Samsung Abusing Workers in China
Get Legal Help Today
Secured with SHA-256 Encryption
UPDATED: Sep 12, 2012
It’s all about you. We want to help you make the right legal decisions.
We strive to help you make confident insurance and legal decisions. Finding trusted and reliable insurance quotes and legal advice should be easy. This doesn’t influence our content. Our opinions are our own.
Editorial Guidelines: We are a free online resource for anyone interested in learning more about legal topics and insurance. Our goal is to be an objective, third-party resource for everything legal and insurance related. We update our site regularly, and all content is reviewed by experts.
Samsung can’t seem to do anything right lately. First Samsung suffered a stunning defeat in U.S. courts at the hands of Apple. Now, Samsung is accused of severe physical and other abuse of Chinese workers, plus sex discrimination after posting a recruitment poster for female workers without communicable diseases.
China Labor Watch (CLW), a non-profit group formed to assess and evaluate labor conditions in U.S. manufacturing companies in China, announced that Samsung sought female-only workers in violation of Chinese law, posting a photograph of Samsung’s hiring poster which clearly advertises for female workers between the ages of 18 and 23, among other requirements.
The group cited China’s Labor Law, article 12, which states that laborers “shall not be discriminated against in employment, regardless of their ethnic community, race, sex, or religious belief” and article 3 of the Employment Promotion Law which prohibits the refusal to hire a worker “on the basis that he/she is a carrier of an infectious pathogen.”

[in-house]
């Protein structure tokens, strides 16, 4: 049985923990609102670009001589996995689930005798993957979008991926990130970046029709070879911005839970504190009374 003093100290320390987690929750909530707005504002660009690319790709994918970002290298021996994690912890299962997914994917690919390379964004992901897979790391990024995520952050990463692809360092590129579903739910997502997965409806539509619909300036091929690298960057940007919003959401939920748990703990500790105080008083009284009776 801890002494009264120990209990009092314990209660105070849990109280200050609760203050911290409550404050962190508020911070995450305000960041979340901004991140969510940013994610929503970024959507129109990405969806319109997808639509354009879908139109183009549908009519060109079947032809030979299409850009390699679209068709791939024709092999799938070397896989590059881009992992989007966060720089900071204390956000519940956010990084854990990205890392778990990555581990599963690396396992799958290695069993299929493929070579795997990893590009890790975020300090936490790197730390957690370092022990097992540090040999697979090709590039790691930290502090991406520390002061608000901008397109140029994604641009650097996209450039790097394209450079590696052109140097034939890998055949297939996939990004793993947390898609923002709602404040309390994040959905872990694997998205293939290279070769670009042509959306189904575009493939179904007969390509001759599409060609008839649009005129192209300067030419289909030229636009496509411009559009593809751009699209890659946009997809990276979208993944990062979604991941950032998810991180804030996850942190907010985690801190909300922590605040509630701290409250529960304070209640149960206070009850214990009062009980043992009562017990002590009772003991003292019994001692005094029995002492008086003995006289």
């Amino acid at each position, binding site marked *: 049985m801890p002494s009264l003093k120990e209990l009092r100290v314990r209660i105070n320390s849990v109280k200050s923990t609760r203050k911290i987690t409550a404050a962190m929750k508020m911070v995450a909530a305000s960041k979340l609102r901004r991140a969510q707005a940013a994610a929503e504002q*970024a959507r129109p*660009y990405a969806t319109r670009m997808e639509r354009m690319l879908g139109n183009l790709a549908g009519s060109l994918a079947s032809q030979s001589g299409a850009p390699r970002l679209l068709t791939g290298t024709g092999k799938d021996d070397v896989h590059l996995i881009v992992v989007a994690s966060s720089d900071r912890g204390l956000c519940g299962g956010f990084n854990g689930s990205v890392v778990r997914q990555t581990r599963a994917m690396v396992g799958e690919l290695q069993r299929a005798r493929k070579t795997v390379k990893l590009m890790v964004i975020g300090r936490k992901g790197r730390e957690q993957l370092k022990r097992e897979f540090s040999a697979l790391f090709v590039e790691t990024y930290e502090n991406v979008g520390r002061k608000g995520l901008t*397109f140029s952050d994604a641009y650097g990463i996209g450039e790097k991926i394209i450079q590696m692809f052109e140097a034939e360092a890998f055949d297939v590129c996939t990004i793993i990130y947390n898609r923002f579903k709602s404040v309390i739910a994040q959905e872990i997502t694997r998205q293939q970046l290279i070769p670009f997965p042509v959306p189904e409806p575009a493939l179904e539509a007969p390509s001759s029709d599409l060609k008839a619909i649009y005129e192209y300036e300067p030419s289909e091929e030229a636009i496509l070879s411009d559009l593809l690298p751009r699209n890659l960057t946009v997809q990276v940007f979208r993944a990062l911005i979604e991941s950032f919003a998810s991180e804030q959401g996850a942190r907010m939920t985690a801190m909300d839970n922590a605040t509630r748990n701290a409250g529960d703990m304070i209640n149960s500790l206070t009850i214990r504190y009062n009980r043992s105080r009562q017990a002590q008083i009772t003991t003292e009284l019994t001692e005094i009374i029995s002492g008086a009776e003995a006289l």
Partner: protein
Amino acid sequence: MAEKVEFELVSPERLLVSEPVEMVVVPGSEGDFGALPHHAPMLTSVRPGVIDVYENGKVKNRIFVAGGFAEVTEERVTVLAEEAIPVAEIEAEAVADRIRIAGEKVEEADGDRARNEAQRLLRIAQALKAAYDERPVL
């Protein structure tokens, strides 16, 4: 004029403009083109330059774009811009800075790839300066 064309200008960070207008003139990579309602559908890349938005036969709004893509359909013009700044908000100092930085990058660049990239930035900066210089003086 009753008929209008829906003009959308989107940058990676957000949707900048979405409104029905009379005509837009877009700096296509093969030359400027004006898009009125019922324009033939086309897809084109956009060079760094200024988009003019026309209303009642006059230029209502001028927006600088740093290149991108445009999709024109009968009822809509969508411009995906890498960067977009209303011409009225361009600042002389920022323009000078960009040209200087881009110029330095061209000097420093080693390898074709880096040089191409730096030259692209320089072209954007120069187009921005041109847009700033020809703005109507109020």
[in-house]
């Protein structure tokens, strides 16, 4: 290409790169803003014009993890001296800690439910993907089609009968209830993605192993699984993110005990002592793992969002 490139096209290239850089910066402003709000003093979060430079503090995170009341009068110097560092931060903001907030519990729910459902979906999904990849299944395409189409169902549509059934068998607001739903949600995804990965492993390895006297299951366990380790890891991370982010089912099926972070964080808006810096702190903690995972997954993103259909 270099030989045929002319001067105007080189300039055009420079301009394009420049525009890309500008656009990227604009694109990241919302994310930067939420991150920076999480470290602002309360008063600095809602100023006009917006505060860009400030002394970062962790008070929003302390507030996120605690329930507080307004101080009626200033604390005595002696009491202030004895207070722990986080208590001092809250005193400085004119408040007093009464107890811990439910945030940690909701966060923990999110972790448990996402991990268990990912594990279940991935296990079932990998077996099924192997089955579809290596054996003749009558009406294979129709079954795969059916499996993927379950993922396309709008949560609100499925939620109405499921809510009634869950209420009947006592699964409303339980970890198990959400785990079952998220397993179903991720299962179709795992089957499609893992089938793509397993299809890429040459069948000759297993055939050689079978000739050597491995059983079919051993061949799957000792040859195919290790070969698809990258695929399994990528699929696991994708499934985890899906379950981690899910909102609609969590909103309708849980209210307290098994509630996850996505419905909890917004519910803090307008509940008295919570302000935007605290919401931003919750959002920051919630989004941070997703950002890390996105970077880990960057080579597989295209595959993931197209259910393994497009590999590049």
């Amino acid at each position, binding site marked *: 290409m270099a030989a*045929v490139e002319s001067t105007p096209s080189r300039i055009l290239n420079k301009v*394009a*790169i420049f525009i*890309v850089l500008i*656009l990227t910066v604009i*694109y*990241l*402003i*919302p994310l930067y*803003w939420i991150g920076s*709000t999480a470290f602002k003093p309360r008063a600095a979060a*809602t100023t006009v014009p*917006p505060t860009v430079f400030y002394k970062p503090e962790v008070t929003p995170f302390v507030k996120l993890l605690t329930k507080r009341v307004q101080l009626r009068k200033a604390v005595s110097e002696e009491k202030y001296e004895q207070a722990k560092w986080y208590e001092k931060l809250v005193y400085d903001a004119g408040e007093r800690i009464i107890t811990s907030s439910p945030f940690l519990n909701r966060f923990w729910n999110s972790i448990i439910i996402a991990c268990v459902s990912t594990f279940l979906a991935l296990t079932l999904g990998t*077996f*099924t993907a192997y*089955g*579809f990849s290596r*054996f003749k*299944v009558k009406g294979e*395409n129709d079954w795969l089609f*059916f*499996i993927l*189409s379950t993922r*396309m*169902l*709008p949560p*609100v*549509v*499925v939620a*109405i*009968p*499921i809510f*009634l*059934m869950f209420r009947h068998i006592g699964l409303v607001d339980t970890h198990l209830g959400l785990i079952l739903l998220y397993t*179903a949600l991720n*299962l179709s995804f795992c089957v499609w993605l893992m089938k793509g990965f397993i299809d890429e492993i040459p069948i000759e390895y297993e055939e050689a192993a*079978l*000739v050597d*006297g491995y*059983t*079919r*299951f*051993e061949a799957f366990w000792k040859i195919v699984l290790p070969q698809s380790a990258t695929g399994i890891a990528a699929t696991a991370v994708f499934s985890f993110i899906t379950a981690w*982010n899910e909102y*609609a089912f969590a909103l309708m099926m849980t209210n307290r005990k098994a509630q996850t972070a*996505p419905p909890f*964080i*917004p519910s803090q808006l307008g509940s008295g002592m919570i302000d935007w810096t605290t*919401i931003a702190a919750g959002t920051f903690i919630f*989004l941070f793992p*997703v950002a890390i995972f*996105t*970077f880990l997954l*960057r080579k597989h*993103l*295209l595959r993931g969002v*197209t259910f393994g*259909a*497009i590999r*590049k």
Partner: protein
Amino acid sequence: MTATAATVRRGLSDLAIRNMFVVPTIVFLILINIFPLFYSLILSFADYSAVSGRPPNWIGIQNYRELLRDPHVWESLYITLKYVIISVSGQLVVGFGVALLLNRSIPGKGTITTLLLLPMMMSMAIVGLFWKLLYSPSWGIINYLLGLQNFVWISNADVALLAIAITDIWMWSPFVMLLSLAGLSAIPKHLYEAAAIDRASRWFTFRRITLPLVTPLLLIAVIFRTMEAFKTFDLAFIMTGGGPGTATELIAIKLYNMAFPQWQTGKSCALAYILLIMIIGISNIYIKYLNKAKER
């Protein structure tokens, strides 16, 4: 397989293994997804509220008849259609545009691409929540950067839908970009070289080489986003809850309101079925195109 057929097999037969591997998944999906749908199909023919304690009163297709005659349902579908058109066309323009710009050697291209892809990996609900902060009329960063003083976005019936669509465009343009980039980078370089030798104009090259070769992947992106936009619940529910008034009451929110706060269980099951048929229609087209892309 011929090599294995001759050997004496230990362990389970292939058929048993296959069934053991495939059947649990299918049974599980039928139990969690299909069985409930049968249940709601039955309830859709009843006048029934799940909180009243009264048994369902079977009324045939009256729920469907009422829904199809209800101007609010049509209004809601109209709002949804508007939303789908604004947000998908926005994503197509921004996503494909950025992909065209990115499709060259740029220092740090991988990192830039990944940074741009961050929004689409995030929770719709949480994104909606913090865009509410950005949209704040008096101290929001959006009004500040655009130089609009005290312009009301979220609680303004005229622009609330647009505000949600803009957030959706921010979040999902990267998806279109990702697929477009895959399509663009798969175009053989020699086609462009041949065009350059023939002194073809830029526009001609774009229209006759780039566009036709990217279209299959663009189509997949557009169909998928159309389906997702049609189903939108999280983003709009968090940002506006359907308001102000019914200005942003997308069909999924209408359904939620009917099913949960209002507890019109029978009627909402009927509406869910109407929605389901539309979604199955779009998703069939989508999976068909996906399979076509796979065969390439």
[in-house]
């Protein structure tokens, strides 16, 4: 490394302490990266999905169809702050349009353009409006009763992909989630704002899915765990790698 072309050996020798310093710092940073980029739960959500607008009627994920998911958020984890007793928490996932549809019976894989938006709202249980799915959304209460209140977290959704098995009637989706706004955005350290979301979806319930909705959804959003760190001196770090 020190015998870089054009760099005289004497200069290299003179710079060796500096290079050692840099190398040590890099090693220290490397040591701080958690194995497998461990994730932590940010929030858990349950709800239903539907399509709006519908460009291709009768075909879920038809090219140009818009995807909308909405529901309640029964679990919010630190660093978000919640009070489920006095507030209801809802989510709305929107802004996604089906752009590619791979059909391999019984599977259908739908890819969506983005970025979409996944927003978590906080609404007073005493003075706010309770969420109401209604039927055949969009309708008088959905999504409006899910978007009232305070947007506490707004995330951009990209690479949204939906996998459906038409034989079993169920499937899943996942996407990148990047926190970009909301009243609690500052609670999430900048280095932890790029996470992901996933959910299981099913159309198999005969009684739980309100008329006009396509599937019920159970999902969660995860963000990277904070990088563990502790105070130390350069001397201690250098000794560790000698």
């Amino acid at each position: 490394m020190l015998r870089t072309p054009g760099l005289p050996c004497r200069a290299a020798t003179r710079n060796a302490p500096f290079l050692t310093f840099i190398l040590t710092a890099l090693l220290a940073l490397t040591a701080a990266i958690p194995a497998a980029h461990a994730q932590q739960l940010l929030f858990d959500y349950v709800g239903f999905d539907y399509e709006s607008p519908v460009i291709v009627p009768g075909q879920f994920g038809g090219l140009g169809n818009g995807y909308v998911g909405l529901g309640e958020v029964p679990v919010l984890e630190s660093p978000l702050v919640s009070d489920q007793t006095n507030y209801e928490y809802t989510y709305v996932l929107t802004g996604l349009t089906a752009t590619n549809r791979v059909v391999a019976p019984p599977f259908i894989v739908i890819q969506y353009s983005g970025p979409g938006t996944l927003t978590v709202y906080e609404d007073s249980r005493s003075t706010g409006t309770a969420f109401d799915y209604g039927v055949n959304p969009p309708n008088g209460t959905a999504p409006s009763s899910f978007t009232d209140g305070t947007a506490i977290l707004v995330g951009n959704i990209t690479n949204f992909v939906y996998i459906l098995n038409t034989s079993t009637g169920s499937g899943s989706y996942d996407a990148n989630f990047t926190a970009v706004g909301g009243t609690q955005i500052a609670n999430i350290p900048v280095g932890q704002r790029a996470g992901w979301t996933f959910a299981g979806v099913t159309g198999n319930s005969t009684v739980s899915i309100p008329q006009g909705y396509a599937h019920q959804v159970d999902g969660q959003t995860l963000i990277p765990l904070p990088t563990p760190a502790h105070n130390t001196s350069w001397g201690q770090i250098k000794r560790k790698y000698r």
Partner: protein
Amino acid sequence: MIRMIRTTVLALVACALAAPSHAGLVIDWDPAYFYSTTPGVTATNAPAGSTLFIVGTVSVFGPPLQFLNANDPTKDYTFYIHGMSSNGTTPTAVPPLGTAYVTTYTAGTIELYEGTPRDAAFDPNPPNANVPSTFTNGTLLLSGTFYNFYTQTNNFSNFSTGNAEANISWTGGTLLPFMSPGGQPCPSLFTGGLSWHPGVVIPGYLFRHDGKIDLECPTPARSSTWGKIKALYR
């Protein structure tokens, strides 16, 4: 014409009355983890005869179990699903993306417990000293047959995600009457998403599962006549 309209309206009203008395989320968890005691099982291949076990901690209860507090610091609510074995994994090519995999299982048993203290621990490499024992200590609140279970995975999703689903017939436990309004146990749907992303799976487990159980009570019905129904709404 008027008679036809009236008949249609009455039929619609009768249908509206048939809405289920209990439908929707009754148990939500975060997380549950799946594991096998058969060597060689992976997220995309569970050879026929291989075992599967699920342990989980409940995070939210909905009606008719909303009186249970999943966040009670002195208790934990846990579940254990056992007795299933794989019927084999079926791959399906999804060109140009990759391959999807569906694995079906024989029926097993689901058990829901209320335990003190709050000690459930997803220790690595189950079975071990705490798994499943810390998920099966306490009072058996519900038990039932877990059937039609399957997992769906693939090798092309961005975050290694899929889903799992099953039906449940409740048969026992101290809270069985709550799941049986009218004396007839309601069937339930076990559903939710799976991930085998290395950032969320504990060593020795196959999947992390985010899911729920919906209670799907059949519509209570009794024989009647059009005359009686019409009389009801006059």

We’ve all heard the horror stories of Nike sweatshops in China and other countries. If sweatshops in China and elsewhere didn’t effect sales of Nike footwear enough to make a significant difference in the way Nike does business, which is arguable, it is difficult to imagine that Samsung’s search for female workers in violation of Chinese law will effect sales of Samsung’s popular products, such as the Samsung Galaxy tablet, the product at the center of the Apple/Samsung patent disputes of late.
However, the reports of sex discrimination came just a day after a previous CLW report citing what CLW called “severe labor abuses,” including forced overtime work of over 100 hours per month, standing while working for 11 and 12 hours at a time, underage workers, “severe” age and gender discrimination, abuse of student and labor dispatch workers, a lack of worker safety, and “severe” verbal and physical abuse in Samsung’s manufacturing plants in China.
While U.S. consumers so far seem far more concerned about patent disputes between Samsung and Apple, Samsung has apparently taken notice of the fact that CLW is broadcasting their alleged wrongdoing in China, and has promised a review to ferret out violations of the law in its overseas plants.
If Nike and Apple are any example, Samsung may only need to pay lip service to proper treatment of workers in China. Abuses at Chinese factories are plentiful, and companies like Nike, Apple, and others are often chastised for their behavior in China without any real consequences in the U.S.
Like Nike and Apple, Samsung is a corporation, an entity designed for the sole purpose of making money. Whether Samsung decides to come clean and follow minimum labor standards in the countries that host its manufacturing plants may ultimately be determined by whether Samsung views the abuse as having a potential to bruise its reputation, and ultimately, its bottom line.